June 21 is an auspicious day for Paulo Bacchi. It was June 21, 2002 that he, his wife and five-year-old twin boys came to America from Brazil. Like so many immigrants before him, he arrived with no English, no friends and no lack of ambition. Back in Brazil, his family owned a chain of successful furniture stores called Artefacto. The business, started by his father, was small initially, with just four stores. Bacchi inherited it when Dad retired in the mid-1990s, and moved to grow it quickly; within five years, hed opened 20 more stores in Brazil. But a new frontier had caught Bacchis eye: the United States. Specifically Miami. He dreamed of opening an American store.
Fast-forward a decade. Its opening day for Bacchis new 42,000 square-foot luxury furnishings showroom on Biscayne Boulevard in Aventura, and his dream is on full, sparkling, glorious display. It is by no means his first store heretheres an Artefacto in Coral Gables and this new showroom replaces another one that for years had been just a few blocks northbut this is certainly his most dazzling effort to date. Acrobats hanging from the ceiling pour Champagne into crystal flutes. A huge chandelier twinkles in the evening light. Miamis stylish high-heeled set is present. The date? June 21, 2012. Auspicious indeed.
In just 10 yearsand in the midst of the kind of economic turmoil that causes lesser entrepreneurs to pack up and run for the hillsBacchi turned Artefacto into a South Florida luxury furnishings icon, an undisputed market leader. How? I could tell you it was marketing. I could tell you it was our inventory. I could tell you it was our customer service, he says. And theyre all true. But by far the most important thing was this: In the first two years I took exactly two days off. Two Christmases. I opened the stores. I closed the stores. I wanted to be there, always, to make a good impression on our customers. Because you dont have a second chance at making a good first impression.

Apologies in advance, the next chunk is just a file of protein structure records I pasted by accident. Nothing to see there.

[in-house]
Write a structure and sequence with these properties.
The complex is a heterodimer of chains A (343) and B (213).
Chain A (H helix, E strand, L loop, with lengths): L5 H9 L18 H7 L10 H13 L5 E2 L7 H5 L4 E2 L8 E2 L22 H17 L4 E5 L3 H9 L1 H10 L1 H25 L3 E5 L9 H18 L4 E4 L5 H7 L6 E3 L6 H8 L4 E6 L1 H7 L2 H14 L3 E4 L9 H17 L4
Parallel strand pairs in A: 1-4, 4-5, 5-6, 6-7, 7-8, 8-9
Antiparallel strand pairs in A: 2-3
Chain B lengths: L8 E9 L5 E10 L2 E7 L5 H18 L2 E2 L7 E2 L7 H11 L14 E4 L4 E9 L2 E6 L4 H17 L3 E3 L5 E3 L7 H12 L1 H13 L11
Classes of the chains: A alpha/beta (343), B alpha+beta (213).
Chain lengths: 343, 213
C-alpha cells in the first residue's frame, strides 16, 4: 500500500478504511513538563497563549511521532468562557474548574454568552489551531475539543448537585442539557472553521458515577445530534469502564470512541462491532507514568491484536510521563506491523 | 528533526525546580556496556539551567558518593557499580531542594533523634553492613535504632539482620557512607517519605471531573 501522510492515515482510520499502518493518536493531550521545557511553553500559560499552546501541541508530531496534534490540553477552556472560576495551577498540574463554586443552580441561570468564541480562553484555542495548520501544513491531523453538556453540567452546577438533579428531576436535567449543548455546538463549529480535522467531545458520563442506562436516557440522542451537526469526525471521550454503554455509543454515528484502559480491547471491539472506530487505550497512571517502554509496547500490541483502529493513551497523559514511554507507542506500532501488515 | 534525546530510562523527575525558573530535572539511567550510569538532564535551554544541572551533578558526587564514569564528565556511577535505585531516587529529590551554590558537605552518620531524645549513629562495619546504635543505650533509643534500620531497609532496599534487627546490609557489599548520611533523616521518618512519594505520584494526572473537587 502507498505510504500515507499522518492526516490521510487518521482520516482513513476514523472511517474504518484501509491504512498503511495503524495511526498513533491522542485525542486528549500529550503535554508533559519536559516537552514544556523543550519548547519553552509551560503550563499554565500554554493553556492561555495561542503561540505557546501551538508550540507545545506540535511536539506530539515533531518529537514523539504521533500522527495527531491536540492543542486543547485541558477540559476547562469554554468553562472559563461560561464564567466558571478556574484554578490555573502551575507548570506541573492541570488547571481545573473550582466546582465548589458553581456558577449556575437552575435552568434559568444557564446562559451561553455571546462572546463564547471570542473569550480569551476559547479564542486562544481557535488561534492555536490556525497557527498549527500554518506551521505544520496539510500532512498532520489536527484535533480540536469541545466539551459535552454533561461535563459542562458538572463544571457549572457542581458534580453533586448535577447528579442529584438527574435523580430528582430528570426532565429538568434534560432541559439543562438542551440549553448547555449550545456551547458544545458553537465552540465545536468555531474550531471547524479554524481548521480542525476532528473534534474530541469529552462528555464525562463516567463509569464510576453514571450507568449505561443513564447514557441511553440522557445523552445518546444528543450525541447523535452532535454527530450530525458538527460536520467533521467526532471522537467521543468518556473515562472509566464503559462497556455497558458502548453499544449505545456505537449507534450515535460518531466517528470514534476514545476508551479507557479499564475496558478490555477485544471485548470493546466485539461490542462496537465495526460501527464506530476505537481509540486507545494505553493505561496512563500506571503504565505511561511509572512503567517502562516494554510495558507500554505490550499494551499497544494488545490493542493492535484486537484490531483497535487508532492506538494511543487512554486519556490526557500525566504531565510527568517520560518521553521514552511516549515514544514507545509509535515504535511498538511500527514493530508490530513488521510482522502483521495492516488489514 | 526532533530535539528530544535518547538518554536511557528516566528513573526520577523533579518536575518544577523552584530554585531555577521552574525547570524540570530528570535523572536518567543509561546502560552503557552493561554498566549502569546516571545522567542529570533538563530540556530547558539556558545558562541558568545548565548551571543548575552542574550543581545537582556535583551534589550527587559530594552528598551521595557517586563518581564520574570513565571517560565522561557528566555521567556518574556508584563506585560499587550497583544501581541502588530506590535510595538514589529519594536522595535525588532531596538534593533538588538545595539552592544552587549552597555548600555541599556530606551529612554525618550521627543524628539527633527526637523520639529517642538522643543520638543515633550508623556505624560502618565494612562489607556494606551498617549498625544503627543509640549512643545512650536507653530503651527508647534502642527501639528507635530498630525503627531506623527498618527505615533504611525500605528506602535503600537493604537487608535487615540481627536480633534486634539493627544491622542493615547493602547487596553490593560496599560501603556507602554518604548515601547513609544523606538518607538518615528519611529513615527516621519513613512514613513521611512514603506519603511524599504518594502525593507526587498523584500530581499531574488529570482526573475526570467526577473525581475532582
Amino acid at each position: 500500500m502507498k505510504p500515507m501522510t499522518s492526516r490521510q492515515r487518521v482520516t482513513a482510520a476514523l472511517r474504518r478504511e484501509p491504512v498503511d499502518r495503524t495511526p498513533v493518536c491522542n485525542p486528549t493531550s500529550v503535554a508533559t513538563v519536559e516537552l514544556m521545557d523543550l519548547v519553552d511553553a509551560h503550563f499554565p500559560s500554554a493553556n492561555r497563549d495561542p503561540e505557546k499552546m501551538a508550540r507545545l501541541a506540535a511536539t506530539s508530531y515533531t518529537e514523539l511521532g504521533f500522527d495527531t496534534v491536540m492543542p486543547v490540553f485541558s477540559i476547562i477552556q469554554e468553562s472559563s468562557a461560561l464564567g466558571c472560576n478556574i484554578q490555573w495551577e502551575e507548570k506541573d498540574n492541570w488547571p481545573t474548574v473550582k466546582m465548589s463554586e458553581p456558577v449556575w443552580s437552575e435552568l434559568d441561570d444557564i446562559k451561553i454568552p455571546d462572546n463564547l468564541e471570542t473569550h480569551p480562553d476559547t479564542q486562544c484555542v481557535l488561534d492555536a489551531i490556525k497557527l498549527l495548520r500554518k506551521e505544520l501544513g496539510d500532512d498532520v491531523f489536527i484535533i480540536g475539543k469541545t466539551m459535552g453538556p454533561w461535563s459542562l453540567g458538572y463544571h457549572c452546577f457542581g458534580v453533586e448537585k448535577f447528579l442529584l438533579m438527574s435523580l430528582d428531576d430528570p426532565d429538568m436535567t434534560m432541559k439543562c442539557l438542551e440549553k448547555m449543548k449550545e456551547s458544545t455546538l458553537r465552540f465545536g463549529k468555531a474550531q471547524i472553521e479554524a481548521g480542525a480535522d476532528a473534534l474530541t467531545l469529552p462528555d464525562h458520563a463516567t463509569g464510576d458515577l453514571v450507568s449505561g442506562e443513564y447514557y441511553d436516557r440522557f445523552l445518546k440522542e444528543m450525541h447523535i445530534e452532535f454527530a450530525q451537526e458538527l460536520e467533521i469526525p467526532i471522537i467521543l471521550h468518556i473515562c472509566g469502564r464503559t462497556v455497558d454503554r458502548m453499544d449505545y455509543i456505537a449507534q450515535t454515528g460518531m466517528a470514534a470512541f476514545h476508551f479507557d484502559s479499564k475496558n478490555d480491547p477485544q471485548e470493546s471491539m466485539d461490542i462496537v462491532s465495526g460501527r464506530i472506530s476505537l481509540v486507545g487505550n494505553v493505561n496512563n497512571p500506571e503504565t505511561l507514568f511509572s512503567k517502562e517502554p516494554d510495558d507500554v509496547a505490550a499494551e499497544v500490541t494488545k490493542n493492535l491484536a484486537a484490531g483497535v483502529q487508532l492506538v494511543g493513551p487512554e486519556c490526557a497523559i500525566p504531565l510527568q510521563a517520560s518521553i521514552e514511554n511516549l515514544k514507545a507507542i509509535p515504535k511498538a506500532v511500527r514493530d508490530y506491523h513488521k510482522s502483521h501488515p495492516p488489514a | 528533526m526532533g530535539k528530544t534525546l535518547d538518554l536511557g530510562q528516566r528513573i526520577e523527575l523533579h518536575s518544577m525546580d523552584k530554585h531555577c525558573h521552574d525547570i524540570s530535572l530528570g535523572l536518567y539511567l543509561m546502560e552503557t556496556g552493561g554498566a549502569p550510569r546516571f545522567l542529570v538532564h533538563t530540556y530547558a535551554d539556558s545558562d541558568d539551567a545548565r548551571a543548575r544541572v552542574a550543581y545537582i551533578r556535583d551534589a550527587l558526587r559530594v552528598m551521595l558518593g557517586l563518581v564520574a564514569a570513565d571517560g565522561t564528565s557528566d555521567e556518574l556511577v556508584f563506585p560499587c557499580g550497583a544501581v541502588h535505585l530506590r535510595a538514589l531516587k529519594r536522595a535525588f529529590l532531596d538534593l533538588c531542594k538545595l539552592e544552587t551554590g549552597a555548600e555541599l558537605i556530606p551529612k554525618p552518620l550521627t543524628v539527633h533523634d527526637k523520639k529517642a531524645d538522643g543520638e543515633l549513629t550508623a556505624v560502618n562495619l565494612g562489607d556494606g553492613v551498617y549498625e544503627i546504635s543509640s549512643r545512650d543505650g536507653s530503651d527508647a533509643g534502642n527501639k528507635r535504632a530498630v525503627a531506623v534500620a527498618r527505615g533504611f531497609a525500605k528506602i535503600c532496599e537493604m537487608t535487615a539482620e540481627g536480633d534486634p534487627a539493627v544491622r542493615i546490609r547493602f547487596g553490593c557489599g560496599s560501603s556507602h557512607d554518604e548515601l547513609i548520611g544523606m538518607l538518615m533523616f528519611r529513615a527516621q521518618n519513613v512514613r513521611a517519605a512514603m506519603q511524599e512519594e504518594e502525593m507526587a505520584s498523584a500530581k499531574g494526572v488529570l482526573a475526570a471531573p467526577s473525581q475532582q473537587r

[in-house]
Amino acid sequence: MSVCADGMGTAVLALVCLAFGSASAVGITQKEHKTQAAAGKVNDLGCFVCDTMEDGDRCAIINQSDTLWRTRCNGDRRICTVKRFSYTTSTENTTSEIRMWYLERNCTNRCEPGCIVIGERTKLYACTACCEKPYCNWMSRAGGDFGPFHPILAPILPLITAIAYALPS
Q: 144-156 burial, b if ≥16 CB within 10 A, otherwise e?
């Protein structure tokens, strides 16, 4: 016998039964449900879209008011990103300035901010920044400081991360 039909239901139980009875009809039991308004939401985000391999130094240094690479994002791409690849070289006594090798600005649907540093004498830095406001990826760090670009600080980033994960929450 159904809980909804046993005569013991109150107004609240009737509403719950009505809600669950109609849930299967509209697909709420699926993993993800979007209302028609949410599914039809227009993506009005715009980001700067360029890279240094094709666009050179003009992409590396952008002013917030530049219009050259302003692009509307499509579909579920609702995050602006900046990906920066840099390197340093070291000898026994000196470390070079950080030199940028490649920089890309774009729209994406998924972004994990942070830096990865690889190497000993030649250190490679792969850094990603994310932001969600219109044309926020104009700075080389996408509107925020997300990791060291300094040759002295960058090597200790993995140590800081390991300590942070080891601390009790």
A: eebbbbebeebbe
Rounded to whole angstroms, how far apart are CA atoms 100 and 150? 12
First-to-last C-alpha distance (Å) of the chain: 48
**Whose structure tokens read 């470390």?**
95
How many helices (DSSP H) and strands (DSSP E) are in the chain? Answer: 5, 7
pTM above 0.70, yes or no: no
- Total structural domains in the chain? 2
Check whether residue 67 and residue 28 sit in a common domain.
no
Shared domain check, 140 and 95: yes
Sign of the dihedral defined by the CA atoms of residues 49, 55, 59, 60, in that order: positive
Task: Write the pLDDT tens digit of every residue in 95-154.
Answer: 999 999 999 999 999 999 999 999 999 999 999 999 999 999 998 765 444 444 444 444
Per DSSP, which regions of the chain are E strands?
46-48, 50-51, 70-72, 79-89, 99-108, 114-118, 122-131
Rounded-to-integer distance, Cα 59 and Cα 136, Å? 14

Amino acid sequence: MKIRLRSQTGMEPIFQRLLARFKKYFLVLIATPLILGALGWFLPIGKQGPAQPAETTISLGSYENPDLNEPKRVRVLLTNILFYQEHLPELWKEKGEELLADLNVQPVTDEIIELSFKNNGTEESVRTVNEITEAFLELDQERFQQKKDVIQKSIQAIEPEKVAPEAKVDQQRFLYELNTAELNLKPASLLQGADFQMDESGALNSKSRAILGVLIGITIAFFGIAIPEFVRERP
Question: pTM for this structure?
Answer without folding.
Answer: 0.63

As serious as he is about his business, Bacchi, 46, is dedicated to nothing more than his family. With his wife of 16 years, Lais, and the now 15-year-old twin boys, Pietro and Bruno, he lives in a stunner of a 1960s home in the beautifully manicured, private Coral Gables community of Hammock Lakes. He invited INDULGE in to see his home and to show us how he goes about the business of living.
You have a home in Sao Paulo as well as Miami, right?
Yes, thats where I was born. We still have a super cool penthouse there right in the fashion quarter of Sao Paulo on a street called Oscar Freire. Its a great street, like a little Rodeo Drive. Very cosmopolitan and right in the action.
When you and your wife first moved here your twin boys were still pretty young.
They were just five years old. And we spoke no English. We didnt have any friends here. And to make everything worse: our nanny was denied her visa. Can you imagine? A new country, no language, no friends, and no one to help us take care of two small boys.
Those first days were pretty tough?
I used to think: What am I doing here? I had thoughts of just going back to Brazil. But you know what? I would never give up. Its not in my nature. My father taught me to face my problems, to find solutions. He always said, Paulo when theres a thousand problems in your head at the same time, just go one at a time. I thought about him in those difficult moments.